If there is a ‘failure of fit’ and the child is unable to form a secure attachment it sets the child up for a higher risk of suffering in later life, as Winnicott states in one of his earliest works:

‘I find it useful to divide the world of people into two classes. There are those who were never ‘let down’ as babies and who are to that extent candidates for the enjoyment of life and of living. There are also those who did suffer traumatic experiences of the kind that result from environmental letdown, and who must carry with them all their lives the memories of the state they were in at moments of disaster. These are candidates for lives of storm and stress and perhaps illness.’

We know that around 60% of people have a secure attachment style. Does that mean 40% of us are walking around with a painfully empty chasm in our chest, feeling not quite ‘real’ inside and desperately trying to fill our lack?  Or is this phenomena to a lesser extent an intrinsic part of being a human subject?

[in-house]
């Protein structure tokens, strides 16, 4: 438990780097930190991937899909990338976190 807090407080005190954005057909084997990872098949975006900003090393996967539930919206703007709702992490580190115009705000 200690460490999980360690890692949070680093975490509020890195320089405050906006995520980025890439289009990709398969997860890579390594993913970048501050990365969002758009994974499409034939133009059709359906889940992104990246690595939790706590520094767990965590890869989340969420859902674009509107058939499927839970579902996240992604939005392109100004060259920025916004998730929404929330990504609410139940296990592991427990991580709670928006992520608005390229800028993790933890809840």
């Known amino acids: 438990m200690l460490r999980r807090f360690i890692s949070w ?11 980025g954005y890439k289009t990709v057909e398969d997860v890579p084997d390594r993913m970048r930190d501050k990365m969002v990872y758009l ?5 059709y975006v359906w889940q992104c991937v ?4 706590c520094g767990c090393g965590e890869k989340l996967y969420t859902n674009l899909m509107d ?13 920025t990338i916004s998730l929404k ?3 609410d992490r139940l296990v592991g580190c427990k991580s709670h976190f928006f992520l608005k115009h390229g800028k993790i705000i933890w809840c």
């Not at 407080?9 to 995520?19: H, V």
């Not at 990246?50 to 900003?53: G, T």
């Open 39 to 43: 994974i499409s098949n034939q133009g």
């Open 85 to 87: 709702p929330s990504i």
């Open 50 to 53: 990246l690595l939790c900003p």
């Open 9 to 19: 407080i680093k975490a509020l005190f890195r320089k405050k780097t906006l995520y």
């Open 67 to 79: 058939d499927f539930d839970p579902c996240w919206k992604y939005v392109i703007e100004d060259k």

What does CBT have to say about emotions?

I’ve spent the day at Christine Padesky’s conference in London. An expert in her field, Aaron Becks Californian-based prodigy pretty much wrote the book on CBT.


Listening to her today reminded me of what always fails to surprise me about CBT; the almost complete denial of past events and how they may be contributing to someone’s symptoms. CBT will work with what it calls core beliefs in longer term therapy, however as CBT is generally offered short term (especially in the NHS) the majority of the work is based on intervening at the level of the presenting symptoms, such as lack of activity, negative thoughts, etc.